Clinton Boys

Australian data scientist and mathematician, living in London.

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The Israeli electoral system is completely different to the Australian system. 120 representatives are elected to the Knesset from a single at-large electorate. Members must be registered to a party; parties submit lists of candidates in an order they want them to be elected, candidates are then elected to the Knesset from these lists based on a proportion of votes received by each party, provided the vote is greater than the electoral threshhold (currently 3.25%, a significant increase from the previous election).

It is difficult to provide a probabilistic model of what the Israeli government will look like after the election, even with the significant amount of polling that exists, because Israel’s proportional representation system has meant, like many European countries in the post-war period, majority governments never occur. Rather, the election is just the first phase of a process that is followed by political wrangling and deals behind closed doors to form a coalition government (and these are often very unstable: the current election is more than twelve months early because of the breakdown of a previous coalition).

In these two posts I just want to come up with a simple poll aggregator that adjusts for accuracy in previous contests. There’s a whole bunch of opinion polls floating around but most aggregators (like the one on HaAretz) just seem to take a simple average (although I imagine there’s plenty of sites in Hebrew that I can’t read yet). For this first step, I want to look at the final poll all the polling firms did before the 2013, 2009 and 2006 elections and come up with an accuracy score for each polling firm which will then translate into a weight in the aggregator.

I looked at the Wikipedia pages for each election, which contain a lot of opinion polling information, and put together lists of final polls before the respective elections (historical_polls) for lots of different polling firms. I also needed the results of each election (results).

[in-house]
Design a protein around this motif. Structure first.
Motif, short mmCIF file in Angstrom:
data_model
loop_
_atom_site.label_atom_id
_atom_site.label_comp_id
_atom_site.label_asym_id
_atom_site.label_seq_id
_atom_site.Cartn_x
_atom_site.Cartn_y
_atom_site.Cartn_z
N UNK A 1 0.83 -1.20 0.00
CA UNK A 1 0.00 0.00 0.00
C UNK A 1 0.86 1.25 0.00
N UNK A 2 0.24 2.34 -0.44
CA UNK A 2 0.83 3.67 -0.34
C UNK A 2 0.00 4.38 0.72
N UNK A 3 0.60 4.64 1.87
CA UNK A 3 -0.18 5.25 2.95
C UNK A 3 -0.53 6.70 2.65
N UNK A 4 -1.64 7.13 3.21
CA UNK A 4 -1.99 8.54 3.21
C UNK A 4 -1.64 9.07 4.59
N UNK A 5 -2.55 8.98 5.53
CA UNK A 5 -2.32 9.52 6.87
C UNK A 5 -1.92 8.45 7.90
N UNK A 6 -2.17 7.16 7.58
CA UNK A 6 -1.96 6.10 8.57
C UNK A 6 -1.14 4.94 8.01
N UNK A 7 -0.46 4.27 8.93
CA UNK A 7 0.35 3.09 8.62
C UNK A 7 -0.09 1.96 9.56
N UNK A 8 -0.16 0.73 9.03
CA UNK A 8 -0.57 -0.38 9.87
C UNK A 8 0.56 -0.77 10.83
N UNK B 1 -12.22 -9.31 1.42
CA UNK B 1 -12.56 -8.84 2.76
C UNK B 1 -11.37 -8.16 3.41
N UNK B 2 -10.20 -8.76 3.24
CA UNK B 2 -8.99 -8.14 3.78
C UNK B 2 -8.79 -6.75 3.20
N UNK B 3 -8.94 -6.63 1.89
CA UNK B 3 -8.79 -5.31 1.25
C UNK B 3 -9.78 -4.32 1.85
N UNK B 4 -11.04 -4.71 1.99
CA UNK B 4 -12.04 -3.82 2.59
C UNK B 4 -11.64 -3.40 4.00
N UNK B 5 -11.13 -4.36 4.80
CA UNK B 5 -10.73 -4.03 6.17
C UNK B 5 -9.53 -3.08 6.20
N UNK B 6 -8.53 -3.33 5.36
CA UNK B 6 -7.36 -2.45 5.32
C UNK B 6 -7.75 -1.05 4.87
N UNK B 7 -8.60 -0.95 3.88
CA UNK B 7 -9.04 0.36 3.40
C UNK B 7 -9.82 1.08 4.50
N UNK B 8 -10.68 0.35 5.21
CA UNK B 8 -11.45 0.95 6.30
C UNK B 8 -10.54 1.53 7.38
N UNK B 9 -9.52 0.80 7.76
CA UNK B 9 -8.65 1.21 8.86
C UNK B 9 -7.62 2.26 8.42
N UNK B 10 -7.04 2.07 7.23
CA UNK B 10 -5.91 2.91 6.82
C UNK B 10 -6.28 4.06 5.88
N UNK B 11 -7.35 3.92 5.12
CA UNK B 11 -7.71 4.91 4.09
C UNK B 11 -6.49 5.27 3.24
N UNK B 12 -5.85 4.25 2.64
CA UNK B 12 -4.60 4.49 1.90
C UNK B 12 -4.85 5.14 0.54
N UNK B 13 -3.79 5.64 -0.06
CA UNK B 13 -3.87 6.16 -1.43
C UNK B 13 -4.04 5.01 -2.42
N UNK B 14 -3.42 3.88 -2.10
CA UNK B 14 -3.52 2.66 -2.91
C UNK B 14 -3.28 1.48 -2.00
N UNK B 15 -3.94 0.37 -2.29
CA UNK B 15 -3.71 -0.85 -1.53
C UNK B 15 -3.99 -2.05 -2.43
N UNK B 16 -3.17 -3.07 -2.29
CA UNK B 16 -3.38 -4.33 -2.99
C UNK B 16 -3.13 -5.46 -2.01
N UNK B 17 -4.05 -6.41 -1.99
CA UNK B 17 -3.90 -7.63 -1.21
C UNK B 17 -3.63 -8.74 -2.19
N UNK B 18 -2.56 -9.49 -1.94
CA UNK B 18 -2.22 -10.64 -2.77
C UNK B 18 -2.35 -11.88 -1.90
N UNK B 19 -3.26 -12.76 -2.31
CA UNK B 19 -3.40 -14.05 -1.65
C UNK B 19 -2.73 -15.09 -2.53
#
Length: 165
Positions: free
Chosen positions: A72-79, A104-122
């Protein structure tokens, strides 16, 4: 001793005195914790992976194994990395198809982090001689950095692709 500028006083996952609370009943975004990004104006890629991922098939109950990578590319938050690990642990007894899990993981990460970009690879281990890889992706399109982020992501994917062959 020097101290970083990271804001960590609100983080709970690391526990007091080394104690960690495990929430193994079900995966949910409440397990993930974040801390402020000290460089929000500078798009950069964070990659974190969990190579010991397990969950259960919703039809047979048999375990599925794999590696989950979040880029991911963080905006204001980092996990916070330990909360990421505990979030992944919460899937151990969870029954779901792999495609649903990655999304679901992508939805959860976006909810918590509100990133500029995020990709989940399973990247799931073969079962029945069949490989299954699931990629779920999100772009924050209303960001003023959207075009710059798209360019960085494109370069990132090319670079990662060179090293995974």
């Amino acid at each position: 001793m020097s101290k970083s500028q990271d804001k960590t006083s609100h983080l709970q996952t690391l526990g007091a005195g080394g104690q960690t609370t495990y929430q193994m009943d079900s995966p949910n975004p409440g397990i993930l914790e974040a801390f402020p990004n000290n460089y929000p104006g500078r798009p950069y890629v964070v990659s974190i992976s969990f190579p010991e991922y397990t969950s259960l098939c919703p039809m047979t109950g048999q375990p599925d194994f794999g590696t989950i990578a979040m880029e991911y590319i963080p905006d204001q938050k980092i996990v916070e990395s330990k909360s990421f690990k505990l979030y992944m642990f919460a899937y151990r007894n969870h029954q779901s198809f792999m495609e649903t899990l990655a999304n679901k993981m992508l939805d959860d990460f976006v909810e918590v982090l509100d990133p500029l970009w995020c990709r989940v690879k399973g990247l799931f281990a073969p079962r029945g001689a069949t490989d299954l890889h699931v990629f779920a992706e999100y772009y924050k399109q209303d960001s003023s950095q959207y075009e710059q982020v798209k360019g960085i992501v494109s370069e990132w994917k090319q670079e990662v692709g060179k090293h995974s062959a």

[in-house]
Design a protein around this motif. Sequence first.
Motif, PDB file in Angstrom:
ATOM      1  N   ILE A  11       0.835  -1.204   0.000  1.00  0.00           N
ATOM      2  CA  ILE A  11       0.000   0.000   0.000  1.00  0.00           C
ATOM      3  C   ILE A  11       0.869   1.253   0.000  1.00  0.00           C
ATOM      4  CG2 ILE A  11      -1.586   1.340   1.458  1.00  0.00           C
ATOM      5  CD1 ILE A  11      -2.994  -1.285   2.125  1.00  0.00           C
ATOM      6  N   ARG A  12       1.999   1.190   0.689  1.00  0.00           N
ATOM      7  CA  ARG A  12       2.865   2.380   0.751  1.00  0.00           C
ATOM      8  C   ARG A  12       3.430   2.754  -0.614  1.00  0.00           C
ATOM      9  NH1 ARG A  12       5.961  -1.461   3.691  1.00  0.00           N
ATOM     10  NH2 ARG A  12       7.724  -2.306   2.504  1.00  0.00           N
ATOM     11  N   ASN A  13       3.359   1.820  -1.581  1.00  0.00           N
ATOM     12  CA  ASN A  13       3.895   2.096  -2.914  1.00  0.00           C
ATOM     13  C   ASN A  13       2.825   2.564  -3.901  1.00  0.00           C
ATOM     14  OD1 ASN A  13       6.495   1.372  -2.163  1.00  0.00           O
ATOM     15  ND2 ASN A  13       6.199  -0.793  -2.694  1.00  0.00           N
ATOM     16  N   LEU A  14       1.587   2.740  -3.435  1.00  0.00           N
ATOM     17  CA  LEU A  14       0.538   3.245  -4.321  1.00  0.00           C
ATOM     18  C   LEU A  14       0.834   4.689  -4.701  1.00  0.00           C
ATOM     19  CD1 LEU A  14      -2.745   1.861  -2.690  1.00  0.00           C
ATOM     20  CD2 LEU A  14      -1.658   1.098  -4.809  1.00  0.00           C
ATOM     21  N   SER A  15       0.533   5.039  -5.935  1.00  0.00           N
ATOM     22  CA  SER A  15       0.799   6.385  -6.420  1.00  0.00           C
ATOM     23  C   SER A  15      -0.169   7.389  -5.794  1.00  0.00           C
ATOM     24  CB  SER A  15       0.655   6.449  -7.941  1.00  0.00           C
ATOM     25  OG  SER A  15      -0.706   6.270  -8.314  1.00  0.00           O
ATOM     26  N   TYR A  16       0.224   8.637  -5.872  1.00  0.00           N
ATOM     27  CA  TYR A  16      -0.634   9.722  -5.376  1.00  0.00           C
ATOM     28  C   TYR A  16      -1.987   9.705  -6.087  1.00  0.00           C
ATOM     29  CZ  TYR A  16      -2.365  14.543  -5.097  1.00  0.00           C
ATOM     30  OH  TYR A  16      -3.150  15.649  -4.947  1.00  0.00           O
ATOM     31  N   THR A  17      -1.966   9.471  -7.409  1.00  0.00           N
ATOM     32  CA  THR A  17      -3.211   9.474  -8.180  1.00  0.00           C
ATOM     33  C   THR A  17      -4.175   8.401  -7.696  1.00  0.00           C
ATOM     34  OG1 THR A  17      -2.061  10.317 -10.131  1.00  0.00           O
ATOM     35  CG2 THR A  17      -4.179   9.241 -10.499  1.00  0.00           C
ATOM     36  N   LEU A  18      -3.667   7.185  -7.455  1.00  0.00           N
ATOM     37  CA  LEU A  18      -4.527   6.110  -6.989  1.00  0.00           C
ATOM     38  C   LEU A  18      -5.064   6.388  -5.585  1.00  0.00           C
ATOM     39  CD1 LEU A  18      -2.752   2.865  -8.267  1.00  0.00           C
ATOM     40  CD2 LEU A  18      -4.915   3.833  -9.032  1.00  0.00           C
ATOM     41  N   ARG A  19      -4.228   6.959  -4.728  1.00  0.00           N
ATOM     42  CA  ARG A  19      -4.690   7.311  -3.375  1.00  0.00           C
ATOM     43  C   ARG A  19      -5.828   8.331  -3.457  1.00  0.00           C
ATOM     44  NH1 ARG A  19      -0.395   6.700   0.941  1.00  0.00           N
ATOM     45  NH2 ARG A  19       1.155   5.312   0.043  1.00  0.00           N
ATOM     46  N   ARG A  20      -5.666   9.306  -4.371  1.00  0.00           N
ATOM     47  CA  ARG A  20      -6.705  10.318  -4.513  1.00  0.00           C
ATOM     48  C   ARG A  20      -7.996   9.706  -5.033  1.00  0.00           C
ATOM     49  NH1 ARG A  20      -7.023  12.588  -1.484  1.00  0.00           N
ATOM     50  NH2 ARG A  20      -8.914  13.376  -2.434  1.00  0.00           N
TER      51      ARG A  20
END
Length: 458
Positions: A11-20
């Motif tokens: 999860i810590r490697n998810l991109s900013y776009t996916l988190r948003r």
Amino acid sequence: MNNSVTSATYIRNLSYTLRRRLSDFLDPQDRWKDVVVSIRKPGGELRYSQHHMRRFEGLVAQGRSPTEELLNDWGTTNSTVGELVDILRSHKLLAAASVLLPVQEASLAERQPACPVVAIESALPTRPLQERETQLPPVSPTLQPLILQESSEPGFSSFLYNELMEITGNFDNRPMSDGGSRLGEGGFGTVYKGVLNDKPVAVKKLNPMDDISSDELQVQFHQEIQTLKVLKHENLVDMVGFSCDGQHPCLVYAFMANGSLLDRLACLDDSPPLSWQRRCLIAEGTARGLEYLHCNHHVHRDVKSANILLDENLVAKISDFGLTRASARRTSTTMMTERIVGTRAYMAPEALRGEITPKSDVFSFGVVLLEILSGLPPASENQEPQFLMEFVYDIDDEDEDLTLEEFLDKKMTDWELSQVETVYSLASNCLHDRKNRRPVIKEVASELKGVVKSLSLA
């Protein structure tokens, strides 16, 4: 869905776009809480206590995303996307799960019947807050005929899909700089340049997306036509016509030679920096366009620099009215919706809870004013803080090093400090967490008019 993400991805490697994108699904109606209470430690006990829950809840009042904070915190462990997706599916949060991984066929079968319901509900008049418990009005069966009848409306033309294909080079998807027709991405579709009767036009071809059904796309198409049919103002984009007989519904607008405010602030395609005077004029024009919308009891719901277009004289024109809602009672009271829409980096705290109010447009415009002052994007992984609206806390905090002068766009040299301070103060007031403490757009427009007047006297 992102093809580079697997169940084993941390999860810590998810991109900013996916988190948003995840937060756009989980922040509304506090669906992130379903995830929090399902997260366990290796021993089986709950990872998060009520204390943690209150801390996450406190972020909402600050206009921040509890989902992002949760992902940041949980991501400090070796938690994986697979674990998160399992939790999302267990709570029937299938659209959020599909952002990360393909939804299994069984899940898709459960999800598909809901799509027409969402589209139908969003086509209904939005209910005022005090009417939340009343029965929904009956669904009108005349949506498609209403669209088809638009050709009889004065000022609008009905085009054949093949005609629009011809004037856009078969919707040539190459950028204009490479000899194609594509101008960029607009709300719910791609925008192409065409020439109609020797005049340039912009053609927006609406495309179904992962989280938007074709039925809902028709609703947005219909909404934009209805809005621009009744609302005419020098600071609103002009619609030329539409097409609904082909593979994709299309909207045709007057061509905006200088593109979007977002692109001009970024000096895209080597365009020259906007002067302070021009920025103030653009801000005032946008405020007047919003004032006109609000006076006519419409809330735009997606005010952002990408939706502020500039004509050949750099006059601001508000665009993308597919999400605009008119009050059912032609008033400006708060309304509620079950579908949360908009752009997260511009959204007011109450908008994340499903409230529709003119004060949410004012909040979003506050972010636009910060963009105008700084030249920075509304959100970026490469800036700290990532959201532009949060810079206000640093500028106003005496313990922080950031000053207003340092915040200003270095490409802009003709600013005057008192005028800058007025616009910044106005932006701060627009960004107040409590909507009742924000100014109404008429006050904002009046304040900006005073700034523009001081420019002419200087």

import pandas as pd
from pandas import DataFrame

historical_polls = pd.read_csv('israeli_pre_election_polls.csv',delimiter=',')
results = pd.read_csv('israeli_results.csv',delimiter=',')
results = results.set_index('year')
historical_polls = historical_polls.sort('pollster')

The following code produces a fairly simple weighting mechanism, where a pollster with average error receives a weight of 1; below-average pollsters receive less and above-average more.

parties = ['Kadima', 'Likud', 'Yis Bet', 'Labor', 'Shas', 'UTJ', 'Hadash', 'Balad', 'Meretz', 'Yesh', 'Otzma', 'Am', 'Hatnuah', 'NU', 'Greens', 'Gil']

final_frame = pd.DataFrame(columns = historical_polls['pollster'].unique(),index=results.index)

for firm in historical_polls['pollster'].unique():
    sum = 0
    for party in parties:
        sum = sum + abs(results[party] - historical_polls[historical_polls['pollster']==firm].set_index('year')[party])*historical_polls[historical_polls['pollster']==firm].set_index('year')[party]/120
        days = historical_polls[historical_polls['pollster']==firm].set_index('year')['days_before']
    final_frame[firm] = sum

for firm in historical_polls['pollster'].unique():
    means = final_frame.mean(axis=1)
    final_frame[firm] = abs(final_frame[firm] - means)

total_error = pd.DataFrame(final_frame.mean(axis=0))
av_error = total_error.mean()[0]
print av_error
df = 1- (final_frame.mean(axis=0) - av_error)

This produces the following output:

Dahaf               1.412384
Dialog              1.303897
Geocartography      1.352617
Jpost               1.425932
Maagar Mochot       1.137197
Midgam              1.271375
New Wave            0.831736
Panels              1.176537
Shvakim Panorama    0.585856
Smith               0.635624
Sof Hashavua        0.470412
Teleseker           0.396433
dtype: float64
[Finished in 1.2s]

In the next post we’ll incorporate these weights into a poll aggregator.